When I arrived at Bradley at age 17, I didn't have a clue about what I wanted to be, which probably explains why I changed majors three times during the first year. English turned out to be a perfect fit, nourishing my love of reading and writing, but flexible enough for me to explore other interests.
In addition to 12 hours of marketing courses, I took classes in music, journalism, film studies, religion, politics and astronomy. I even, grudgingly and with considerable prodding from my advisor (Dr. Paul Sawyer, great teacher), took Econ 100 with Kal Goldberg, which turned out to be one of my favorite classes of all time. But I was an English major who didn't want to teach English, so I started shopping around for other career possibilities.
Advertising intrigued me, but all I really knew about it was the character Darrin Stephens on “Bewitched” was an adman. Then I took Advertising Planning and Decision Making with Paul Arney. Our assignment was to invent a product and plan an ad campaign for it. Mine was a solar-powered sports car — I was a little ahead of Elon Musk — and along with developing a budget and deciding on media buys, I wrote and designed all the creative materials.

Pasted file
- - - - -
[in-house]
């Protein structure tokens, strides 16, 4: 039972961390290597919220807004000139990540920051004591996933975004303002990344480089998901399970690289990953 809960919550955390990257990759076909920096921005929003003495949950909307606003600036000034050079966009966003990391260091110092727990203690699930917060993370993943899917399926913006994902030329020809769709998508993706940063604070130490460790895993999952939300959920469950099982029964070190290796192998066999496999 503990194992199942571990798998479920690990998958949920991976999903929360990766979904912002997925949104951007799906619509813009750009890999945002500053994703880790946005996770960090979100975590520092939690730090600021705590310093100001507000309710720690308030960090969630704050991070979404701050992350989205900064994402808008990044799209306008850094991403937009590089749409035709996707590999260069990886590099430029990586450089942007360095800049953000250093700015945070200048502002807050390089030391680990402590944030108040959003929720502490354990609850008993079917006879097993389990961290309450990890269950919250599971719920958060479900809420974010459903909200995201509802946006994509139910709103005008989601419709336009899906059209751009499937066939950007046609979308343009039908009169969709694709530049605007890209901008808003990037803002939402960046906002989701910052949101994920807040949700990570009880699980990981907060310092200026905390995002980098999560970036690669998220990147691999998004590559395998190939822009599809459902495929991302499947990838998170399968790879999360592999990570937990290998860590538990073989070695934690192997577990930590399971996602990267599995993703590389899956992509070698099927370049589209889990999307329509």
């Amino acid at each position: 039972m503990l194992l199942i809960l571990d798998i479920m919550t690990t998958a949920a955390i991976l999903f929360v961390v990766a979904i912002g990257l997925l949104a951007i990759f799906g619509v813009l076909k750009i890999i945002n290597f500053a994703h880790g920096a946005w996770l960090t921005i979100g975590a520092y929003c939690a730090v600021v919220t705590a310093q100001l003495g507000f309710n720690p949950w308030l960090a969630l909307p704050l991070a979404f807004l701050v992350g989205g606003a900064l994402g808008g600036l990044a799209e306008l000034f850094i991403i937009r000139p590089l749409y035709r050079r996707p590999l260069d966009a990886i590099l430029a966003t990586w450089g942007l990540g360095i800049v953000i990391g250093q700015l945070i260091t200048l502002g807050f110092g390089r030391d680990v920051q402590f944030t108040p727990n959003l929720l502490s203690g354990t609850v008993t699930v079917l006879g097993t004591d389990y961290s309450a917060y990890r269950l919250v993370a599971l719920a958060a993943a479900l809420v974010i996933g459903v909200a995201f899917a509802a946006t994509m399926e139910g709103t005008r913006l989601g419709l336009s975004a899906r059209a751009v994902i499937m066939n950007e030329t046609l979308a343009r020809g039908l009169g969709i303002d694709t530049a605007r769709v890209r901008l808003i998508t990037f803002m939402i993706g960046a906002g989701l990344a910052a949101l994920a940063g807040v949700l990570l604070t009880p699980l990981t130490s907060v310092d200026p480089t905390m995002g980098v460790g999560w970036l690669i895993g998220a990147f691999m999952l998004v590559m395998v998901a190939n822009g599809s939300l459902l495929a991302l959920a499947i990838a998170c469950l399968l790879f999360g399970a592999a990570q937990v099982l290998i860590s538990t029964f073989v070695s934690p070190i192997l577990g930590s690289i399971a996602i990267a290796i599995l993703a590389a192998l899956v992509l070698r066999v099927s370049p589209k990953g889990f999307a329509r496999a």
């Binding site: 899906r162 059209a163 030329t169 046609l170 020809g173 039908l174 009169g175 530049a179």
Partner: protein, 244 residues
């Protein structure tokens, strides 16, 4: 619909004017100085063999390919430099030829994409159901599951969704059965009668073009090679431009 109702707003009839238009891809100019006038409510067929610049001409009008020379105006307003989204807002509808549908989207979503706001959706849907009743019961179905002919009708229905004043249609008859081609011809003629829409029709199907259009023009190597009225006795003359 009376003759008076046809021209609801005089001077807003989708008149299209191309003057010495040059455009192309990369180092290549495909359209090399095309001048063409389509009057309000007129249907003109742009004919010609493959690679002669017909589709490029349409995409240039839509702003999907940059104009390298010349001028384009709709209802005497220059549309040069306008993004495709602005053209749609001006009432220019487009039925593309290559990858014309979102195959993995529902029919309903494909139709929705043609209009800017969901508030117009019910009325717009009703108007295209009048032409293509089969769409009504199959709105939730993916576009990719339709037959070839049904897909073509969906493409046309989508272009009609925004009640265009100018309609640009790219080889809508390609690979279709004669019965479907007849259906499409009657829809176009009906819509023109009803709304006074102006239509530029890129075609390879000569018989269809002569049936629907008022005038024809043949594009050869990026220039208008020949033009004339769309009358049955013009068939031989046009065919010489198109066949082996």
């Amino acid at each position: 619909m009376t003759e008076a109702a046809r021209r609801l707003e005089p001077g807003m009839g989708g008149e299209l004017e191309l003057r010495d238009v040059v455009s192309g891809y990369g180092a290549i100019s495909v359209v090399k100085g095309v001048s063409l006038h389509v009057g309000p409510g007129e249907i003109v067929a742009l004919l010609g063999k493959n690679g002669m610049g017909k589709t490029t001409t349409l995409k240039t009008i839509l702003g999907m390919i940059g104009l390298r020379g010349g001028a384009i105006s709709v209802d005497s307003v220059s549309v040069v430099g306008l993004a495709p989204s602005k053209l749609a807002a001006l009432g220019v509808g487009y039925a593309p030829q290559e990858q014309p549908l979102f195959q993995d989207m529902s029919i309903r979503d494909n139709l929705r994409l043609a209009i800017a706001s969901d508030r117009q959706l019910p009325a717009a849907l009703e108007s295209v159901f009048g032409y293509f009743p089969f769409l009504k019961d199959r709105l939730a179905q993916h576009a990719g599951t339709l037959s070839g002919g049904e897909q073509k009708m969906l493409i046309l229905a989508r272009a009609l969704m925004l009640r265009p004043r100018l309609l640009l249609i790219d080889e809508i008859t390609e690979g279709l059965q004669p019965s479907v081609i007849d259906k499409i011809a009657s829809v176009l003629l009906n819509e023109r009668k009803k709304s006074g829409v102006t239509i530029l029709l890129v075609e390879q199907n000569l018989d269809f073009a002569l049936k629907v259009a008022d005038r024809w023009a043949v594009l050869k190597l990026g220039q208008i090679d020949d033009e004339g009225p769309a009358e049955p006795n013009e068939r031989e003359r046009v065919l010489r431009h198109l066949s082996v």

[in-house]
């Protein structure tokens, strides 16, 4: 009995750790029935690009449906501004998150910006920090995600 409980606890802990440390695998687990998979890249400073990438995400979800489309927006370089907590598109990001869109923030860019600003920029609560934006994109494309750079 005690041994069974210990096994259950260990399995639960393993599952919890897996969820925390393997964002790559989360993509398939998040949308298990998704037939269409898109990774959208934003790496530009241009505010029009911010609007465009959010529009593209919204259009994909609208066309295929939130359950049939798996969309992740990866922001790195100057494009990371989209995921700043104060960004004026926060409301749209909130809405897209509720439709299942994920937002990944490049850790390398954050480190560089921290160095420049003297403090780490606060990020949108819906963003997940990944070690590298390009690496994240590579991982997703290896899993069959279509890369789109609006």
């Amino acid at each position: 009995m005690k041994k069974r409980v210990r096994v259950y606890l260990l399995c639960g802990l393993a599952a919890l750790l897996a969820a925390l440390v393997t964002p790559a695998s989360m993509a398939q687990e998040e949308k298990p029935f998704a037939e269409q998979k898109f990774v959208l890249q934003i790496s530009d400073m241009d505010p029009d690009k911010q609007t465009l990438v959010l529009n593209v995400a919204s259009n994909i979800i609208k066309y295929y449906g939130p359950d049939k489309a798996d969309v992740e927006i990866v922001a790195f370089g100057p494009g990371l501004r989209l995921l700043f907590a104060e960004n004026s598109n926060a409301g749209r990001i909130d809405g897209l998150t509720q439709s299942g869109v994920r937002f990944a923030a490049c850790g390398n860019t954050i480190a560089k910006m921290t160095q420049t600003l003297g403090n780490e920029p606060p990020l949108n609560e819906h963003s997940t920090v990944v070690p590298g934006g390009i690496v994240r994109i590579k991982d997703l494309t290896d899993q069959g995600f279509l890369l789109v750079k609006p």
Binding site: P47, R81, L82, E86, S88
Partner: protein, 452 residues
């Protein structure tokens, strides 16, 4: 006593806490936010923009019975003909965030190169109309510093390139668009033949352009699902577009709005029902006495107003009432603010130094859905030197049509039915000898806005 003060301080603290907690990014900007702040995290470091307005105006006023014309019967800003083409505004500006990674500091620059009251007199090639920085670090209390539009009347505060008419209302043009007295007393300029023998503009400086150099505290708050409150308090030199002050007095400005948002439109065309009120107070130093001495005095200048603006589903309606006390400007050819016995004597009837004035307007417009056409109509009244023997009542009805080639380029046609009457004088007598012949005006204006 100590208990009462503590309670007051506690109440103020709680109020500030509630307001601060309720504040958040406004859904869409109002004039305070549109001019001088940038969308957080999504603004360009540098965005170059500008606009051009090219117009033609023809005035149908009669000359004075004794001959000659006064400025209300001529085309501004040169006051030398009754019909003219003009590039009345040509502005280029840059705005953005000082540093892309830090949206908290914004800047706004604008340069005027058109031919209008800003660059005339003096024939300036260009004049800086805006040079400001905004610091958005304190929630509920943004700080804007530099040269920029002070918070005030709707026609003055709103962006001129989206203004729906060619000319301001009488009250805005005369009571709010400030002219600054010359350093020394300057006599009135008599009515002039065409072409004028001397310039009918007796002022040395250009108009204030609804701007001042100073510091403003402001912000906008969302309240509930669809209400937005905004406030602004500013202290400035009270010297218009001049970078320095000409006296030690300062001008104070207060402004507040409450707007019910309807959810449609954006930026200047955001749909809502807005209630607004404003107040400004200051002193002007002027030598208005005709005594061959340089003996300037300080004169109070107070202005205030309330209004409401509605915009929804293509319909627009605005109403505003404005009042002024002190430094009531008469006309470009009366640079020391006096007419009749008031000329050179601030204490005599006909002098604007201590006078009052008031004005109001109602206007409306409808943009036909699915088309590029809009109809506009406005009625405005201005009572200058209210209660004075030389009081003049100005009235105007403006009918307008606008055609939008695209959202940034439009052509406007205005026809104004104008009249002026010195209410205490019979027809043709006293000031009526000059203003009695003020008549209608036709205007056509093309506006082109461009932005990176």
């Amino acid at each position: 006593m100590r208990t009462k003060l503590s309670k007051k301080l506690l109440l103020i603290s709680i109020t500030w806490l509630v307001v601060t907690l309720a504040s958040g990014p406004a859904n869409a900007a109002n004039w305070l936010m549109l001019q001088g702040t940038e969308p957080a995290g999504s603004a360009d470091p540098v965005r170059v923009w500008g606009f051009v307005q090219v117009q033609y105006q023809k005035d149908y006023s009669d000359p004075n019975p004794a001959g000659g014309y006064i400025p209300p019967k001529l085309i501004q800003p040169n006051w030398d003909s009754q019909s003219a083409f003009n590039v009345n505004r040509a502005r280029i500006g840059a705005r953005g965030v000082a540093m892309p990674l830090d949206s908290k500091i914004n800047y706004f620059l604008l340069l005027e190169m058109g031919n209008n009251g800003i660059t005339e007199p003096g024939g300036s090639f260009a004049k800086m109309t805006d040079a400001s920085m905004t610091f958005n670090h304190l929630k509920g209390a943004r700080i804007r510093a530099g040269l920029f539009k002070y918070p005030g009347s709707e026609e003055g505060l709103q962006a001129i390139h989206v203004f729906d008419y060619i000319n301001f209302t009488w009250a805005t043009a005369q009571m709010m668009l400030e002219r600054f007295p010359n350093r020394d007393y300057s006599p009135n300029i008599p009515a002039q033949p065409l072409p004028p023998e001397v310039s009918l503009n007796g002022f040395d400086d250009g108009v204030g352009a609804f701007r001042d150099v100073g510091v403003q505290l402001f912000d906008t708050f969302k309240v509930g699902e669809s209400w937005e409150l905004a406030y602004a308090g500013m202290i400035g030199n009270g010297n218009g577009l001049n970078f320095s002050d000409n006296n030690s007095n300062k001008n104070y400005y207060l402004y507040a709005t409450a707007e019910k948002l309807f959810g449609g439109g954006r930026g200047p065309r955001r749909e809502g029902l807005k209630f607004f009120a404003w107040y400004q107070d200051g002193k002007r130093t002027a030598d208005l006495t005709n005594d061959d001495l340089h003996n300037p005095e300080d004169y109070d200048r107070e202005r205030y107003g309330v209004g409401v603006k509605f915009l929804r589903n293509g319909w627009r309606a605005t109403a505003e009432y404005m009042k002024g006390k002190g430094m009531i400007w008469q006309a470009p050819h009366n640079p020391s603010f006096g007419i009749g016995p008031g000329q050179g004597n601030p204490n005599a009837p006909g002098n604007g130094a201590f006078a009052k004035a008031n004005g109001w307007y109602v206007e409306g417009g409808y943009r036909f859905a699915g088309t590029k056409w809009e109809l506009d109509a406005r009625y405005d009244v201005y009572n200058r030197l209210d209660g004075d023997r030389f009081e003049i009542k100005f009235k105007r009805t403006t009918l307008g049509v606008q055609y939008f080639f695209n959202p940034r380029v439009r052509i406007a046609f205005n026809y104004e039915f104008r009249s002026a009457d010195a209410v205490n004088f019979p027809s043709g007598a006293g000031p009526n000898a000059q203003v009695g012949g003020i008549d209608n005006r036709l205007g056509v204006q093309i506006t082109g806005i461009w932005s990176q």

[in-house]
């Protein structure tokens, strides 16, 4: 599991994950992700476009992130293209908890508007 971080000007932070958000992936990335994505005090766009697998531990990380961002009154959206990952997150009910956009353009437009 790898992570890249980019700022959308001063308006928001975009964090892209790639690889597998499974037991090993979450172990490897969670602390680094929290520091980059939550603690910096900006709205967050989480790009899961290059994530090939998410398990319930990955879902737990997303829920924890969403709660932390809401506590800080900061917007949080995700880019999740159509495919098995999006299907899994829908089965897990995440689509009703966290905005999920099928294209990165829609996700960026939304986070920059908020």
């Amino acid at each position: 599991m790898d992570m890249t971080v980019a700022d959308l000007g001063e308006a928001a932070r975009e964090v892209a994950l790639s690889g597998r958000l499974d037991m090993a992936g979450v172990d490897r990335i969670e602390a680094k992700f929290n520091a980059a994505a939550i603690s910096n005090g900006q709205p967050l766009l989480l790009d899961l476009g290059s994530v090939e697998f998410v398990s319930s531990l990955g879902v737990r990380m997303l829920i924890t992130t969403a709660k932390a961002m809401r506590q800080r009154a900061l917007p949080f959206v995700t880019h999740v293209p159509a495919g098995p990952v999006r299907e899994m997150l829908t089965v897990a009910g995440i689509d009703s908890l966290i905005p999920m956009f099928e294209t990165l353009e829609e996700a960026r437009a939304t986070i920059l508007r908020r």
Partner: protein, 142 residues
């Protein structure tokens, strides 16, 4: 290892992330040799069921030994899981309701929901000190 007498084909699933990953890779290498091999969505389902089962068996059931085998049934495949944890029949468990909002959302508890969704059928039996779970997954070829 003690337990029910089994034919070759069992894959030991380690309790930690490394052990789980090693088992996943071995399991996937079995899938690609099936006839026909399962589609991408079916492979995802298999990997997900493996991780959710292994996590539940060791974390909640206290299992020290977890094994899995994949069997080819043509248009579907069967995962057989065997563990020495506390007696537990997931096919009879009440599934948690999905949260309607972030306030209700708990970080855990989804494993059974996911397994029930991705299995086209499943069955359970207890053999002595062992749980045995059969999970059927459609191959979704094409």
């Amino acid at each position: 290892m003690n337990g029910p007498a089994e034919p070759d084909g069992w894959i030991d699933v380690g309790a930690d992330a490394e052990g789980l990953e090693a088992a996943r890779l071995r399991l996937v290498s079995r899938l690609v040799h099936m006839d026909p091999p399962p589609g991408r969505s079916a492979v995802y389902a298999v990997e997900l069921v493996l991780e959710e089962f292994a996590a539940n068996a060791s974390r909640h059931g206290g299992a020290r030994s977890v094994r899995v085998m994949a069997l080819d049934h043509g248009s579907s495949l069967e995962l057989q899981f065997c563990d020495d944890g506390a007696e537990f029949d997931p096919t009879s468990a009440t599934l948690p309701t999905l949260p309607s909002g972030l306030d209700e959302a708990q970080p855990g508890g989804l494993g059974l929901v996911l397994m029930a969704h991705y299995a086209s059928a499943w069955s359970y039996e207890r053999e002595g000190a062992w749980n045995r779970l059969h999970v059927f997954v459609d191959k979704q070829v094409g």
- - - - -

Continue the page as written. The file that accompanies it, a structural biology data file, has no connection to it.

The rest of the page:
My classmates were all business majors, and they were more focused on spreadsheets and market research than the creative possibilities of the assignment. Also, their imaginary products tended to be things like office supplies, so they were given the kind of low budgets that go into advertising items like that. But I had a sports car! Professor Arney gave me a huge budget, which I theoretically blew on TV commercials, coast-to-coast billboards and full-page ads in Sports Illustrated and Playboy.
I never got a chance to write car commercials in real life, although I did write print ads for some big-name companies like Yamaha and Kodak. I spent the first half of my career focused on the creative side of advertising as a writer and creative director. Then, almost by chance, I became the marketing director of a health system with a hospital, multiple physician practices and a nursing college.
After a moment of panic, I started drawing on the lessons learned in those marketing classes: how to put together a plan, negotiate ad buys, and conduct and analyze consumer research. It wasn't too terribly different from the work I did on “Ra, the Solar Car,” an assignment I knew I'd already aced.
— Rosemary Keating Stuttle ’76 M.A. ’85